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Rare Books and the Rare Book Trade
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Publishers

Book Trade History - George Berger and his Sons 1796-1868

Published on 23 Sept. 2015
GEORGE BERGER was a very active bookseller and publisher in the first half of the 19th century, who worked out of Holywell Street, off the Strand, and who at one point, prior to the arrival of W.H. Smith, was the largest newsagent in London (Louis James, Fiction for the Working Man, 1963). Yet, as was the case with many of his contemporaries – George Purkess, William Strange, and George Cowie, for example – very little was known about him. Until now…
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Publishers

How to Identify First Editions from G.P. Putnam's Sons

Published on 04 July 2013
Since its inception in 1838, G.P. Putnam's Sons have grown into one of the most respected - and controversial - publishing houses in the United States. In 1996, the publishing house became an imprint of the Penguin Group and continues to publish the works of outstanding authors of both fiction and non-fiction.
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Publishers

How To Identify Simon & Schuster First Editions

Published on 22 May 2013
One of the four largest English-language publishing houses, Simon & Schuster now publishes over 2,000 titles a year under 35 different imprints. The firm started by publishing crossword puzzle books and grew to publish some of the world's most recognized authors. How to identify Simon & Schuster first editions.
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Publishers

Cathy Henderson and Richard Oram on the history and collecting of books published by Alfred A. Knopf

Published on 12 July 2011
The Harry Ransom Center holds the Alfred A. Knopf, Inc. archive, which includes books published under the Borzoi imprint and books from Alfred A. and Blanche Knopf's personal library. Nigel Beale interviews the Associate Directors for Exhibitions Cathy Henderson and Richard Oram, co-authors of "The House of Knopf", a book that contains collected documents from the Knopf, Inc. archive and is part of the Dictionary of Literary Biography series.
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From the Vault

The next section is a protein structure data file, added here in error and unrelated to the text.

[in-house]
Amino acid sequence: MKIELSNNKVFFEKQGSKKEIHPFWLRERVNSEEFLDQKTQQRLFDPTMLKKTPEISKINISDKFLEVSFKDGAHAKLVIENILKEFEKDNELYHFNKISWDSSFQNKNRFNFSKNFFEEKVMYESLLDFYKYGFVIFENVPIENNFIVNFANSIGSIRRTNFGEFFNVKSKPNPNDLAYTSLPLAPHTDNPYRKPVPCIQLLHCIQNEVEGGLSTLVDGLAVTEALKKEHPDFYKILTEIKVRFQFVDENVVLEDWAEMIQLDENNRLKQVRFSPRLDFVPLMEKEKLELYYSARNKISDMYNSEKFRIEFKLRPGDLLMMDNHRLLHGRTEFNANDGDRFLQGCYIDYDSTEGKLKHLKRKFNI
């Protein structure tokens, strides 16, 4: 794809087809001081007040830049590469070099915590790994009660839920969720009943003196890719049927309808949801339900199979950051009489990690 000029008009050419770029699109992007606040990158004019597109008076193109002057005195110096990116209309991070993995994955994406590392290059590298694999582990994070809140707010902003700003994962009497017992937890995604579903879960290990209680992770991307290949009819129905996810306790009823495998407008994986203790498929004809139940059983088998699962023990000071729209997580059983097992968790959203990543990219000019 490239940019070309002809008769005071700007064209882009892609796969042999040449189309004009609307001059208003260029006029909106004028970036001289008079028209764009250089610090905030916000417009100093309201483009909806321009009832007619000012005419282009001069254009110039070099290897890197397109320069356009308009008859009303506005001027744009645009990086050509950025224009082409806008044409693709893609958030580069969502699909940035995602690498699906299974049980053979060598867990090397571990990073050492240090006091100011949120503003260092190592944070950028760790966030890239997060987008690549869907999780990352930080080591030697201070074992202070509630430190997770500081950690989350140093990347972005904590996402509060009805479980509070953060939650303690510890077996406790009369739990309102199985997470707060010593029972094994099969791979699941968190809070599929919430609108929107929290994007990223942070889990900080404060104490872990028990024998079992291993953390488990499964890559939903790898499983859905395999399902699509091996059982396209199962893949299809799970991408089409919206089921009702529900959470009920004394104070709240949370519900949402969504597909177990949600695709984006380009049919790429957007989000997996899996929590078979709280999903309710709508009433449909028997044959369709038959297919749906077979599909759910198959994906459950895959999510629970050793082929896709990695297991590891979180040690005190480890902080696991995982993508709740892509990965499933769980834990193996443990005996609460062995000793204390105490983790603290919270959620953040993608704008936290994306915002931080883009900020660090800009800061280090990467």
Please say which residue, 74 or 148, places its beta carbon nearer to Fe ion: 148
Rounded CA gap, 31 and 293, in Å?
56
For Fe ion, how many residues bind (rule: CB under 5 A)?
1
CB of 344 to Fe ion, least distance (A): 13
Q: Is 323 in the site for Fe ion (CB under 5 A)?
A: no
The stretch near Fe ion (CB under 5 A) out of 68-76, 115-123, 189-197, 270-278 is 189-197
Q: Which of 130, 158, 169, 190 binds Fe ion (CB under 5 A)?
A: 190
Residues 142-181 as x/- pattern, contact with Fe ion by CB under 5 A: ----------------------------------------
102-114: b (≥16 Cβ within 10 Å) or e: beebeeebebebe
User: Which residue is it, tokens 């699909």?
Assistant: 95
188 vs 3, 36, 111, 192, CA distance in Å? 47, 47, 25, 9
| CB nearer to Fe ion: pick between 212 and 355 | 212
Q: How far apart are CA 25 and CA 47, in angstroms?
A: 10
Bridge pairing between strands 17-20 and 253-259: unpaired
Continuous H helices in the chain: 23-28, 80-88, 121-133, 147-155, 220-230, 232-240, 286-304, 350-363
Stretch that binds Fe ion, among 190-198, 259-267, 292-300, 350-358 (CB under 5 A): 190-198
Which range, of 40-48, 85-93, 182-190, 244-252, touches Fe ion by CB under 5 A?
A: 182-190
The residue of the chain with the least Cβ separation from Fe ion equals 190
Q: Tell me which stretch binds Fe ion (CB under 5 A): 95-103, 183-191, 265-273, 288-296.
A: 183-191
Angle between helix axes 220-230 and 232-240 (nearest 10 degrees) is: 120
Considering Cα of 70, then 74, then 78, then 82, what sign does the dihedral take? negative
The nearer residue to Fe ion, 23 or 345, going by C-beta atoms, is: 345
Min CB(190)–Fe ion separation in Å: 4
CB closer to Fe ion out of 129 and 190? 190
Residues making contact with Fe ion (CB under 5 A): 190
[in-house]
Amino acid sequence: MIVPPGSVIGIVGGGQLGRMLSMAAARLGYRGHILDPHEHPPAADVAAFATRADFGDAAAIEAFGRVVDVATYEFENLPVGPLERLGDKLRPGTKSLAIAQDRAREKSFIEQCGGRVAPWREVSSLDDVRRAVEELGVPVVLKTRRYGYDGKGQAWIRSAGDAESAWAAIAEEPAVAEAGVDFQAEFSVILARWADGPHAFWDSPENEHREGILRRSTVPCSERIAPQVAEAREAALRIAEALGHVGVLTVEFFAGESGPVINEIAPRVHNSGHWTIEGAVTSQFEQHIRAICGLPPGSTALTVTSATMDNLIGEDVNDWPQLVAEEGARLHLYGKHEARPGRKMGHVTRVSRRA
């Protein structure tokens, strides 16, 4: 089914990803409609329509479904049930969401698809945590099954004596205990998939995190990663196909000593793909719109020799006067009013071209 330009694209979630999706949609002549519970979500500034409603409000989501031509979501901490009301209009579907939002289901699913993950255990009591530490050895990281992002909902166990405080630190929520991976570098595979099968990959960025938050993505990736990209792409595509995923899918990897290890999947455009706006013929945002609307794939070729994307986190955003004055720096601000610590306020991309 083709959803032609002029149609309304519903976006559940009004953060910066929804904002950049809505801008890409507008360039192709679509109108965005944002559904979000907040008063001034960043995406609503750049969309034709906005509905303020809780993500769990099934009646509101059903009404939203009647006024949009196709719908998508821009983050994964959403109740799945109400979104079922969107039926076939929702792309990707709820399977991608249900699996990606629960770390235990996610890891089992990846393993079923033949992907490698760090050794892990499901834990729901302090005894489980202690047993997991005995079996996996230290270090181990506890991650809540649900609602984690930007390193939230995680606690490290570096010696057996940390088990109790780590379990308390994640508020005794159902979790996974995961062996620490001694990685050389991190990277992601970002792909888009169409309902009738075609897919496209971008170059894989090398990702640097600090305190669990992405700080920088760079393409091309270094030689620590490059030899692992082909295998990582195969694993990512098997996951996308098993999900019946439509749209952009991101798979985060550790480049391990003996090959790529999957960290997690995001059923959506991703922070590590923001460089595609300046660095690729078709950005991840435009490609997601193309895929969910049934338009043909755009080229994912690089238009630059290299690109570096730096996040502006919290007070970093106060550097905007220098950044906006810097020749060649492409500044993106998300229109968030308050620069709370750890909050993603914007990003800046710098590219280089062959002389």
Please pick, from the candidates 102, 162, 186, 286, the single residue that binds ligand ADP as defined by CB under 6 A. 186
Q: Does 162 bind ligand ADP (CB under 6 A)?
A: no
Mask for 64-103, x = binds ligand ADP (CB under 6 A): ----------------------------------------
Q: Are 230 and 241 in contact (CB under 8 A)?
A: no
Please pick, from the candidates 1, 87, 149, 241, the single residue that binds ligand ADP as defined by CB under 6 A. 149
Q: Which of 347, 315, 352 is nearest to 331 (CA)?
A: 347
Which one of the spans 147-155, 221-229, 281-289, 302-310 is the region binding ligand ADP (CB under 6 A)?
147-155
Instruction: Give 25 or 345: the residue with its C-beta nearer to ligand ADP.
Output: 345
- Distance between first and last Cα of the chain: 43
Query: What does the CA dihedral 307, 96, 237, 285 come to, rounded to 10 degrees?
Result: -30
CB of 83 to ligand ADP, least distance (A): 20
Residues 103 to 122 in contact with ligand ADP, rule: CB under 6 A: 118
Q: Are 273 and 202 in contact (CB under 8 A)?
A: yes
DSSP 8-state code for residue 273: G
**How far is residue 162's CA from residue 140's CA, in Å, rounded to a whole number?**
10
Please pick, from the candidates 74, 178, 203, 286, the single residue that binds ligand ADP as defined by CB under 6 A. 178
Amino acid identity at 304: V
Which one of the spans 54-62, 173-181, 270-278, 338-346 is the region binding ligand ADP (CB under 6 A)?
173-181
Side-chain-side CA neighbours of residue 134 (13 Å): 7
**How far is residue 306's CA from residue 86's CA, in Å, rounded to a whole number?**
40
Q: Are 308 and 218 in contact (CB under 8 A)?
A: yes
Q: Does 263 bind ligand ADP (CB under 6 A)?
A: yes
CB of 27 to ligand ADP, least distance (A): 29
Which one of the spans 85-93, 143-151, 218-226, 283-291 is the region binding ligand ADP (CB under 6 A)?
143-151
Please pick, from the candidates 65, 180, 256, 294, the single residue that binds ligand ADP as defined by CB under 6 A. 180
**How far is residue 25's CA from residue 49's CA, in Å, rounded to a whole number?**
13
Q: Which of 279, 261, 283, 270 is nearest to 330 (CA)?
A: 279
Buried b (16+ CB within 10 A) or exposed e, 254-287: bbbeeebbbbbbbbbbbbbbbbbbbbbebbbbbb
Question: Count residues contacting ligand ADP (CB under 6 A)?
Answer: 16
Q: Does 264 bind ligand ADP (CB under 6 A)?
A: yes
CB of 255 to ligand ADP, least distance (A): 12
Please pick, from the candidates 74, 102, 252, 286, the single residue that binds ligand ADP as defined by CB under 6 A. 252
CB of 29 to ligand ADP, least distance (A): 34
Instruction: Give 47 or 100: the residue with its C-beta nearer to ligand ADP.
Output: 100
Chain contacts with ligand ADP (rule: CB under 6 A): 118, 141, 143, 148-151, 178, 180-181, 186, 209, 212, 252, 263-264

A sneak peek in our archives

Article

Rare Books in the Press: Rare Comic Taken From Nic Cage Resurfaces

"A valuable comic featuring the debut of Superman has re-surfaced in a storage locker, and police said Monday that it appears to be the same one stolen from Nicolas Cage more than a decade ago", the police reported on April 11, 2011. An article about the comic theft in Ventura County Star.
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Article

News from Stockholm!

On Saturday 17th March, the 2018 edition of the annual Stockholm Antiquarian Book Fair will open its doors! We spoke to Mats Peterson, owner of Stockholm's Centralantikvariatet in Stockholm and President of the Swedish association SVAF.
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Article

The Canterbury Tales - Digital

"Experts from The University of Manchester's John Rylands Library are to spend four days at a beautiful seventeenth century mansion to capture its world famous Canterbury Tales manuscript on camera ...
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Article

The Written Heritage of Mankind in Peril: Theft, Retrieval, Sale and Restitution of Rare Books, Maps and Manuscripts

Do we need more drastic measures to prevent the theft of books, maps, manuscripts and other art on paper? How can public institutions, lawyers, collectors and the rare book trade work more efficiently together when it comes to thefts and forgeries? How can thefts be prevented? And how can we raise the public awareness for the fact the theft of the written heritage of mankind is a serious problem that concerns of all of us? ILAB President Norbert Donhofer will be among the many internationally renowned experts - librarians, archivists, representatives of dealers and auctioneers, security experts, lawyers - who will speak at this conference at the British Library in London on 26 June 2015. He will focus on the perspectives of the rare book trade and lessons learned, amongst others, from recent spectacular cases such as the massive thefts from the Girolamini Library in Naples (Italy).
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Article

Collecting Rare Books and First Editions - Space Travel and The Private Library

In 1813, British mathematician William Moore published Treatise on the Motion of Rockets, the first exposition of rocket mechanics based on Newton's Third Law of Motion. But it was not until the early 20th century that this literature really can be said to have properly begun. It has its roots in the work of three men: Hermann Oberth, Konstantin Tsiolkovsky and Robert Goddard. Each of these pioneers of astronautics appear to have independently developed similar theories about the possibility of rockets escaping earth's gravitational pull, and their earliest expositions of such theories are the core of any private library purporting to cover space travel.
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